The Gift: Should we look out for Number … 2?

This entry is part 2 of 5 in the series The Gift
Click the cover to visit the Amazon page for Grant's book.

Click the cover to visit the Amazon page for Grant’s book.

From Dr. Wayne Baker: Welcome back columnist Terry Gallagher …

Looking out for number one? Many believe that’s the key to climbing the corporate ladder. After all, no one can begrudge you for looking out for your own self-interest: if you don’t take care of yourself, who else will?

The song “Looking Out for #1” by the monster Canadian rock band Bachman-Turner Overdrive put it most plainly:

I found out every trick in the book
And that there’s only one way to get things done
I found out the only way to the top
Is looking out for number one

But a very influential new book by Wharton Business School Prof. Adam Grant says that you’d probably be better off looking out for numbers two, three, four and so on.

“I think that a lot of people go in thinking it has to be all about me, and yet, most organizations are really interdependent,” Grant said in an interview earlier this year on the Diane Rehm show on National Public Radio. “You have to collaborate with other people, you have to serve clients, and so oftentimes helping others is a way to actually rise to the top.”

Grant’s thinking is so original, so striking, so contrary to many commonly accepted notions about career success that it merited a cover story in the New York Times magazine in March. According to the story: “The greatest untapped source of motivation, he argues, is a sense of service to others.”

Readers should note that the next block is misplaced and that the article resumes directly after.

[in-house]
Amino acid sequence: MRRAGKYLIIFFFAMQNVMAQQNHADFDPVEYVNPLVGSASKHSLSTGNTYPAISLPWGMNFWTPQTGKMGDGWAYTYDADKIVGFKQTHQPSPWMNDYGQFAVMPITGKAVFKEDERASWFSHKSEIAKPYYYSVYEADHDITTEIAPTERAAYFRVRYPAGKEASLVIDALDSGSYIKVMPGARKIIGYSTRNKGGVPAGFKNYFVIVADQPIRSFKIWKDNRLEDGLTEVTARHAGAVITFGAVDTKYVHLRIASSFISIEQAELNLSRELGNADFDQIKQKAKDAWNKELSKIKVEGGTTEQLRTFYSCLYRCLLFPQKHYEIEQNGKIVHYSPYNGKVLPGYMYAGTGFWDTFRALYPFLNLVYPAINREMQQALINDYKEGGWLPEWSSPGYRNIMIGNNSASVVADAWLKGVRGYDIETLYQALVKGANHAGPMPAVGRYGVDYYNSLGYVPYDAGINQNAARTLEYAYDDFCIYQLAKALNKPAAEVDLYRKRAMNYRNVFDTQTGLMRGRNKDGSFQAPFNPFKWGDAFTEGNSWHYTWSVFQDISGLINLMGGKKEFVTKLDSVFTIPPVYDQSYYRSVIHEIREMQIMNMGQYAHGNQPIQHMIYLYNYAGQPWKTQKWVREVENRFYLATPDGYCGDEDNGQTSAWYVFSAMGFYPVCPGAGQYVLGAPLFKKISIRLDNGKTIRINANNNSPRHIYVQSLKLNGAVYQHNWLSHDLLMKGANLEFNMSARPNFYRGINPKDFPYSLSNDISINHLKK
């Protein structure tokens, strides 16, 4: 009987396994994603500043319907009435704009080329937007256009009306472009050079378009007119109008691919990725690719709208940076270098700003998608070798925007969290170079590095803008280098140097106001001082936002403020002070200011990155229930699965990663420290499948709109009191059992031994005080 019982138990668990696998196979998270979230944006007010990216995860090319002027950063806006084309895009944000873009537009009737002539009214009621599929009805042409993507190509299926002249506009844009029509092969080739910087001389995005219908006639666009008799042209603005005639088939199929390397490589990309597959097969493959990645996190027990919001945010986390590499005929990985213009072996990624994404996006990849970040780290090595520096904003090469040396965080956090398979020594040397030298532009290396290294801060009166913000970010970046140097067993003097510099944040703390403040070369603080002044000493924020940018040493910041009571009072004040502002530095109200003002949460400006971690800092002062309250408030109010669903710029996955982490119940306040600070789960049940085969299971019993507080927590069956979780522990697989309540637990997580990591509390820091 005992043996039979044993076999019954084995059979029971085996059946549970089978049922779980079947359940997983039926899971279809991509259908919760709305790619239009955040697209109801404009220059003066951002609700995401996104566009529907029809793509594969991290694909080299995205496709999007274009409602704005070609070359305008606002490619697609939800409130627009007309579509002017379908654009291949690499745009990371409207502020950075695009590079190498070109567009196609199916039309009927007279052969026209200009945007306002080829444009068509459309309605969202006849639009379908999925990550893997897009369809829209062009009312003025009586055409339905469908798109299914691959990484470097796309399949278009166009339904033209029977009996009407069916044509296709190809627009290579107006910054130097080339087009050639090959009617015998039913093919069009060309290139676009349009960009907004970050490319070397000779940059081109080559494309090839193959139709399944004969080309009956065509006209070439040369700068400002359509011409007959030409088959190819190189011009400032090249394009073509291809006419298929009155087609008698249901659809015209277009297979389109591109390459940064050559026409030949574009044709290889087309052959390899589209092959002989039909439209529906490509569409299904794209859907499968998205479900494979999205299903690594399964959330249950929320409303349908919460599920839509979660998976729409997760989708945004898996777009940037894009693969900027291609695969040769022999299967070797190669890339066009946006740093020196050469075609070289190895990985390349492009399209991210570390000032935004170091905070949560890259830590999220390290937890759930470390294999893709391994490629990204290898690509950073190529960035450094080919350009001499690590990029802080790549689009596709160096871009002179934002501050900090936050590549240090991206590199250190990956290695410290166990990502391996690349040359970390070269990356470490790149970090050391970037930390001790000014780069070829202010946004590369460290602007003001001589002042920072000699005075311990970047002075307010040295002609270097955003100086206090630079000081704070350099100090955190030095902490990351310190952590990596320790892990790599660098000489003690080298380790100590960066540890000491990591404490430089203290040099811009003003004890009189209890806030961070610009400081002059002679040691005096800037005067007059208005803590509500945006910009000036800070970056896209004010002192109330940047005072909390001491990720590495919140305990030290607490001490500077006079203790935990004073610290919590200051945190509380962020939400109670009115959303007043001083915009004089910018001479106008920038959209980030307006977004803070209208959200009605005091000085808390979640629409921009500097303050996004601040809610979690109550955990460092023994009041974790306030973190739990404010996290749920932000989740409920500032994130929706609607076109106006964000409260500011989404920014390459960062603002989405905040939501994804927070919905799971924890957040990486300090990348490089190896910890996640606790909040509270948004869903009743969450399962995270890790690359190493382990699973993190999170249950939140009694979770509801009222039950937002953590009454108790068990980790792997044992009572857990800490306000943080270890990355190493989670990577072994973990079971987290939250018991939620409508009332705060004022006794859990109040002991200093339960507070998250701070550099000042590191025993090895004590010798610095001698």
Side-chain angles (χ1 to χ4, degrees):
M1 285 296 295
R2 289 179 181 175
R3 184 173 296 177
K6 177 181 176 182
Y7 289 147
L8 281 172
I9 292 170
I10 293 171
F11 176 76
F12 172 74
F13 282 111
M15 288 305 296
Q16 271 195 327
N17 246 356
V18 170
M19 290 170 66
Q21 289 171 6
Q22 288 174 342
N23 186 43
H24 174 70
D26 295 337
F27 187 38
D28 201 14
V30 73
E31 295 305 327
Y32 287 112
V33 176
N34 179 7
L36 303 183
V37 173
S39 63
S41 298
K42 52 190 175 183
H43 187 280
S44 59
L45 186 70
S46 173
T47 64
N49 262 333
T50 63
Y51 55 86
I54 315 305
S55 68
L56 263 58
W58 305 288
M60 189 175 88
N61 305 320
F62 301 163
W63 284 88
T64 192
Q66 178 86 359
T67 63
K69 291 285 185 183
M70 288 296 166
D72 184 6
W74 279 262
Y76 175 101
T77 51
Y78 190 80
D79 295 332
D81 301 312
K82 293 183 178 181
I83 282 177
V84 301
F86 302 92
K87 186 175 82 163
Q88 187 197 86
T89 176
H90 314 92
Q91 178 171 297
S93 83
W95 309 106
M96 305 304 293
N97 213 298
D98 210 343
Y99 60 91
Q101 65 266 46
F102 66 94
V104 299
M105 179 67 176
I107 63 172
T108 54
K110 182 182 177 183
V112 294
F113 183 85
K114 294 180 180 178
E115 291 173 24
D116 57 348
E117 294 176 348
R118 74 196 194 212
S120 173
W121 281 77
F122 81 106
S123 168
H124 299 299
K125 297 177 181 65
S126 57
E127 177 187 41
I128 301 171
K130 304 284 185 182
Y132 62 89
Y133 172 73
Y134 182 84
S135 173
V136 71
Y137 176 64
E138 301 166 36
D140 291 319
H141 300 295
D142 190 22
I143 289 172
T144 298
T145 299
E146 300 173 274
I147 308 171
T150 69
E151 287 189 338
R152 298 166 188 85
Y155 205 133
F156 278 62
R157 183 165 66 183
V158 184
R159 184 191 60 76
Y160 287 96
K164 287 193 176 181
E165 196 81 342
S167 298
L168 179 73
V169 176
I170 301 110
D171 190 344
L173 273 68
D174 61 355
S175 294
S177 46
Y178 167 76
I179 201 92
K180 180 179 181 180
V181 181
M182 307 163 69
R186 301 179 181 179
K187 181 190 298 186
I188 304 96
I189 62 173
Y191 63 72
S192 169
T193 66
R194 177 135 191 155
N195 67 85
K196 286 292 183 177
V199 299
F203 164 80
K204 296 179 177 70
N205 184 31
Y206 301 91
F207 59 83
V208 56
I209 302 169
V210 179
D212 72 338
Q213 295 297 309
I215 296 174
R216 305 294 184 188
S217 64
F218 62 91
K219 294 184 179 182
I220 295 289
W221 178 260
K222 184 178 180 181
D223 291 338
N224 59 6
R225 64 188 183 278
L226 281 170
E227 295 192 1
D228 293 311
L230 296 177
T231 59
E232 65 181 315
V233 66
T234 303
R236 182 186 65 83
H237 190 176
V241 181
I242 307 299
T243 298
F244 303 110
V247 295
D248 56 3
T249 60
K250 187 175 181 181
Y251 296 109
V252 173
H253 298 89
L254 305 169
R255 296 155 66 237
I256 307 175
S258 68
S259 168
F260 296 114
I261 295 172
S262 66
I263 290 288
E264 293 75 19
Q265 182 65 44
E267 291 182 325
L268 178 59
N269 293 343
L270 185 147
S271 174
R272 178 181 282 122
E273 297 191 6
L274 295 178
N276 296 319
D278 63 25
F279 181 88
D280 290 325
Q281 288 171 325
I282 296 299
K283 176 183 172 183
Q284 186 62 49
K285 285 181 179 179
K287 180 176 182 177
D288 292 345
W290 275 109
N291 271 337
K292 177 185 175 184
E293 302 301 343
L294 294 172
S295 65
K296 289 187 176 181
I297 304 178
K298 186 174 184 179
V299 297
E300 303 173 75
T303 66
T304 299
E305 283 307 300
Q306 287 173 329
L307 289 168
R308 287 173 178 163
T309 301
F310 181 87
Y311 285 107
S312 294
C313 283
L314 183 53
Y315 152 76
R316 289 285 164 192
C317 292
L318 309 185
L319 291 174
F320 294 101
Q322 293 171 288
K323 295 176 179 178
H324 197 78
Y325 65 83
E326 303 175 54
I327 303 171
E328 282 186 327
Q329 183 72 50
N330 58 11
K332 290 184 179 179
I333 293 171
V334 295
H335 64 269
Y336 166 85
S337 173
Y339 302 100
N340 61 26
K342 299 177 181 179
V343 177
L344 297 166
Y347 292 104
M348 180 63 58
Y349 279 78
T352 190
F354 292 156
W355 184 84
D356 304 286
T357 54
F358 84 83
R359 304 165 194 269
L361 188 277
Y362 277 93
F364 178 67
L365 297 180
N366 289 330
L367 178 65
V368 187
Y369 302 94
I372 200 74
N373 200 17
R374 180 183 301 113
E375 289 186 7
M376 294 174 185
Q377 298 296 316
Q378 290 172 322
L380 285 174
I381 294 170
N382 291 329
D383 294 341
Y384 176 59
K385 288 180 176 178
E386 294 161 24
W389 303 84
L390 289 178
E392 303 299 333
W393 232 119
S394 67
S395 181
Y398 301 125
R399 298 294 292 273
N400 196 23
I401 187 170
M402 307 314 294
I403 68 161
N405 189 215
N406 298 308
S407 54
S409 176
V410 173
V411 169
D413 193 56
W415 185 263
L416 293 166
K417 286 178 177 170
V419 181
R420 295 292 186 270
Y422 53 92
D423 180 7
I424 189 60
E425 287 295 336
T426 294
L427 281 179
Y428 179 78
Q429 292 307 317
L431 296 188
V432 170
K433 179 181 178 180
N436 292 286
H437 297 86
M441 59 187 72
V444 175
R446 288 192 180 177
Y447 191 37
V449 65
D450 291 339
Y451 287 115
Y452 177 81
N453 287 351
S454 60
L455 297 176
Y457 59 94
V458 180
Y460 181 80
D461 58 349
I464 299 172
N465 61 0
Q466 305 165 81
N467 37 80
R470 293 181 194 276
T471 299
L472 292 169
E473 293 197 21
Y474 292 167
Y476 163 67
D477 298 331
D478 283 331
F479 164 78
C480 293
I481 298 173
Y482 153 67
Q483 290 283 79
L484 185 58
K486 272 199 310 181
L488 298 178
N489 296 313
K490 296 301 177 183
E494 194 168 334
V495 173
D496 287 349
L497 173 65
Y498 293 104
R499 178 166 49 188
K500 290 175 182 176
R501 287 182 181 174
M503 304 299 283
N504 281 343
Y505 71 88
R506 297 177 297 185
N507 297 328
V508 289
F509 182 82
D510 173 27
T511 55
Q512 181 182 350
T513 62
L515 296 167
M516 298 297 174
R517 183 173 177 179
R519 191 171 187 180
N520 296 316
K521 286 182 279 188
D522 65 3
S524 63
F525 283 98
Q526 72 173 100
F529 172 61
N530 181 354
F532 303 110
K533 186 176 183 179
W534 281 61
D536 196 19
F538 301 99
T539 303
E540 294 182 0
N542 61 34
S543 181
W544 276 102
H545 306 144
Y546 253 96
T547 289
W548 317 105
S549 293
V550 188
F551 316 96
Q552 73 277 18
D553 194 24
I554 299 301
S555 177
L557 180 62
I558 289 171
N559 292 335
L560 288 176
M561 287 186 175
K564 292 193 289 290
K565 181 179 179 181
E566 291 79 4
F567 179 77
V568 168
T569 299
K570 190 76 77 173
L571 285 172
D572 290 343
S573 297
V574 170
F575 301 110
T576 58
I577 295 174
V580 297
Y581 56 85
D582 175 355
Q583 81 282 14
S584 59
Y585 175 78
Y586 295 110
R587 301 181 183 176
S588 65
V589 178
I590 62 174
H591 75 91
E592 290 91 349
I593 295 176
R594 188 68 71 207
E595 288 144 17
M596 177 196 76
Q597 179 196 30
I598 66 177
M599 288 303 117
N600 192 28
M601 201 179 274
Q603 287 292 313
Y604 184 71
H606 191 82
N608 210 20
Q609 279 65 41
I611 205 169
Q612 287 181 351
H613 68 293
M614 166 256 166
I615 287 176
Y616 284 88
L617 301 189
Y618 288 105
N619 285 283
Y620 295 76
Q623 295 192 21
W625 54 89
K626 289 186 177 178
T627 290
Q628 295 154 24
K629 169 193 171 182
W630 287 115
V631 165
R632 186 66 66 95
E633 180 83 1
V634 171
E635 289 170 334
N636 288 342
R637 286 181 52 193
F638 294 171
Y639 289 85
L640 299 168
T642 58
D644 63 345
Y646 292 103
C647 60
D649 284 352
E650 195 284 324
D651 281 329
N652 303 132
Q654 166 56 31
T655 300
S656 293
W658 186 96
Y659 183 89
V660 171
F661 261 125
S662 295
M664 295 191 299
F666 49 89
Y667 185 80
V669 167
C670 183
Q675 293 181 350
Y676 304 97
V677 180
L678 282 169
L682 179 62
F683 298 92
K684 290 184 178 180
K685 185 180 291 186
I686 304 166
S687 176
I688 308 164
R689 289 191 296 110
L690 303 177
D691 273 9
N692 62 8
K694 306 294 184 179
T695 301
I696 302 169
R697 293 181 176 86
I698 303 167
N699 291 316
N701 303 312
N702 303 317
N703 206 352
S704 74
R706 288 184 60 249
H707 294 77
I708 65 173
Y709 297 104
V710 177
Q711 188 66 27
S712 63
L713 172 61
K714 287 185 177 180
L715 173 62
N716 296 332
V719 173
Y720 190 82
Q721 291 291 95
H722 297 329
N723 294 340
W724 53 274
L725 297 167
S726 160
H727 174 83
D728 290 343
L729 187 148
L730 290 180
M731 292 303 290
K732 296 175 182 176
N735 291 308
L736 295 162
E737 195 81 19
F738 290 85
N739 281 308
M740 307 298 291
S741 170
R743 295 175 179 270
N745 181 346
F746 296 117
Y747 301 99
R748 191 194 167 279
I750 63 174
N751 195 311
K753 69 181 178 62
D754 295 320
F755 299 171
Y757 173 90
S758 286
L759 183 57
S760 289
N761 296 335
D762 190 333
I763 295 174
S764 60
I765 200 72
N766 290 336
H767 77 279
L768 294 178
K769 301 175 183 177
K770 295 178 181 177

The title of the piece? Let’s make it today’s question to readers …

“Is Giving the Secret to Getting Ahead?”

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Comments

  1. Paul Hile says

    I suppose it has quite a bit to do with the reasons behind the giving. I would imagine that “giving’ strictly to ‘get ahead’ is the equivalent of looking out for number one.

    Giving of yourself without any expectation of return or reward–only good things can come of this.

  2. Kathy Macdonald says

    I think Terry is right in pointing out how this type of thinking is not the norm in many professional settings in spite of all the studies Adam Grant cites in his book, Give and Take. Giving is a long-term strategy and too many are caught in short-term thinking. I love the question, “Is giving the secret to getting ahead?” Giving may be the secret to a lot more than just career advancement.